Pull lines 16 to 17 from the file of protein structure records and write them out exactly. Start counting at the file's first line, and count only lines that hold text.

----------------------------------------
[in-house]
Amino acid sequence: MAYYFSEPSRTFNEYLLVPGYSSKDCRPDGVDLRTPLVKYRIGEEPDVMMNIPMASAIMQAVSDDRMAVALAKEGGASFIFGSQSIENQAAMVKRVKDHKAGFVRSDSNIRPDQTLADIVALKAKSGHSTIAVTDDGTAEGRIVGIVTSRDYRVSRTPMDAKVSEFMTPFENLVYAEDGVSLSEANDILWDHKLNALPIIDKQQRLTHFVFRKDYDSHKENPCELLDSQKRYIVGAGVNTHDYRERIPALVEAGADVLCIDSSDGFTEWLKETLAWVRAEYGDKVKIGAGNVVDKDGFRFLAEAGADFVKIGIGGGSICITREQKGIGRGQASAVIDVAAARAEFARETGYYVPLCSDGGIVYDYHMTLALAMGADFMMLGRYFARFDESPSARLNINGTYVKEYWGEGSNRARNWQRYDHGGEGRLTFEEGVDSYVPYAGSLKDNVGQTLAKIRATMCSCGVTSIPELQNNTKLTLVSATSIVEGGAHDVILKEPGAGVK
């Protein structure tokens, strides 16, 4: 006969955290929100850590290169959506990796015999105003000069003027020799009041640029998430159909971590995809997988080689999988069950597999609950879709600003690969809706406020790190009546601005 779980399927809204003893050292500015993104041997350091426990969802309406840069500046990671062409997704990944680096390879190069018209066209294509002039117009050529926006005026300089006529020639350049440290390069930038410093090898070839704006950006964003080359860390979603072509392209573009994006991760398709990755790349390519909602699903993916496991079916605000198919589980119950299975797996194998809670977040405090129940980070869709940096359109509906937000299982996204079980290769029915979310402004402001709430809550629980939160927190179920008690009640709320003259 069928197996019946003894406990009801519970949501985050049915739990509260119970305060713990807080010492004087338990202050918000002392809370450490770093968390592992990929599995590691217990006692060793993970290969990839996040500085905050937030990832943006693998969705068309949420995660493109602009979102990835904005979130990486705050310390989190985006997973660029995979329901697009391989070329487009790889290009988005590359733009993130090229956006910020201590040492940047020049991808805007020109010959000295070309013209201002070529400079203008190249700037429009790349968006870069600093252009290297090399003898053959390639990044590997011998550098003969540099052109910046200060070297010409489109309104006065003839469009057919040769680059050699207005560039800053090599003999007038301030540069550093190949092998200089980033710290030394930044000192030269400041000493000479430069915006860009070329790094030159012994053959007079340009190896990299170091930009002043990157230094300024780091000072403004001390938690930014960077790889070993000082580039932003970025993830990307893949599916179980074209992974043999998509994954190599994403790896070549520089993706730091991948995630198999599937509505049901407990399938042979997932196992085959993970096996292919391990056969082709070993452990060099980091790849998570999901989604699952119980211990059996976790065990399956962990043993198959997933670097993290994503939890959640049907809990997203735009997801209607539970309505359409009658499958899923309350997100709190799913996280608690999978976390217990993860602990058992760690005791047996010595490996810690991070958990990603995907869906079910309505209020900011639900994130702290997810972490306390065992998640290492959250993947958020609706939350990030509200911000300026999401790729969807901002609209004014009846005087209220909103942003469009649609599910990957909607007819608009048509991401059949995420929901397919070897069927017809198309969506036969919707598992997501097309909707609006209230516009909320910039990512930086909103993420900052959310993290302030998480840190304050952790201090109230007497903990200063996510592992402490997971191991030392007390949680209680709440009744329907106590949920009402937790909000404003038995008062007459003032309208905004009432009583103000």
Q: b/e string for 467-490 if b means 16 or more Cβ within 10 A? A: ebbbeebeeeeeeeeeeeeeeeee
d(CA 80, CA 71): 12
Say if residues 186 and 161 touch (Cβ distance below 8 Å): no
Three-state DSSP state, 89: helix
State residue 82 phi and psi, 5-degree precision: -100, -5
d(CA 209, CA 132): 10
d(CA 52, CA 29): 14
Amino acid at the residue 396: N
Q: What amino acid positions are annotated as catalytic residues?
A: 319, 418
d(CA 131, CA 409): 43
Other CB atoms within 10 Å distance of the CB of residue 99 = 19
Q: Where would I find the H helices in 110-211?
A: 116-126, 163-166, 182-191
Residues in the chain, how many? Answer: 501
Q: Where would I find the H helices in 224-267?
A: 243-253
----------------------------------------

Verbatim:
Q: Where would I find the H helices in 110-211?
A: 116-126, 163-166, 182-191